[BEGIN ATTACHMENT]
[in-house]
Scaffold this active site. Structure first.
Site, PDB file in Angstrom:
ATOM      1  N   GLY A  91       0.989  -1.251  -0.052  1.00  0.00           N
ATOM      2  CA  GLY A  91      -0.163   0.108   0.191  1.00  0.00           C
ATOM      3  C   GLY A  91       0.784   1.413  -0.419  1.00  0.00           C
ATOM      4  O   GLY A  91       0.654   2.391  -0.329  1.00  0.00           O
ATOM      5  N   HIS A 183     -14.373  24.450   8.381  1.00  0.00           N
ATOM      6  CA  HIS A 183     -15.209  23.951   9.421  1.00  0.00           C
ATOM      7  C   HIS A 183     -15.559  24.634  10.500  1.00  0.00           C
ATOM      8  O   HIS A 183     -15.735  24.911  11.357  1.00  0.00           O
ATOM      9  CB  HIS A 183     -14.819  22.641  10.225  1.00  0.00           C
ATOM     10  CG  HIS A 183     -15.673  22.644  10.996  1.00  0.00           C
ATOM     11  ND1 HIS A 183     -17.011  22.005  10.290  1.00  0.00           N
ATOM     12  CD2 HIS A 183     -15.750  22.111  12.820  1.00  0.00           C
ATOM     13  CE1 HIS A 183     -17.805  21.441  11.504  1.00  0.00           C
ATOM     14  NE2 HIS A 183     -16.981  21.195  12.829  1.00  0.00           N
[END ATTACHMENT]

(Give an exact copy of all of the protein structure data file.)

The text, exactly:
[in-house]
Scaffold this active site. Structure first.
Site, PDB file in Angstrom:
ATOM      1  N   GLY A  91       0.989  -1.251  -0.052  1.00  0.00           N
ATOM      2  CA  GLY A  91      -0.163   0.108   0.191  1.00  0.00           C
ATOM      3  C   GLY A  91       0.784   1.413  -0.419  1.00  0.00           C
ATOM      4  O   GLY A  91       0.654   2.391  -0.329  1.00  0.00           O
ATOM      5  N   HIS A 183     -14.373  24.450   8.381  1.00  0.00           N
ATOM      6  CA  HIS A 183     -15.209  23.951   9.421  1.00  0.00           C
ATOM      7  C   HIS A 183     -15.559  24.634  10.500  1.00  0.00           C
ATOM      8  O   HIS A 183     -15.735  24.911  11.357  1.00  0.00           O
ATOM      9  CB  HIS A 183     -14.819  22.641  10.225  1.00  0.00           C
ATOM     10  CG  HIS A 183     -15.673  22.644  10.996  1.00  0.00           C
ATOM     11  ND1 HIS A 183     -17.011  22.005  10.290  1.00  0.00           N
ATOM     12  CD2 HIS A 183     -15.750  22.111  12.820  1.00  0.00           C
ATOM     13  CE1 HIS A 183     -17.805  21.441  11.504  1.00  0.00           C
ATOM     14  NE2 HIS A 183     -16.981  21.195  12.829  1.00  0.00           N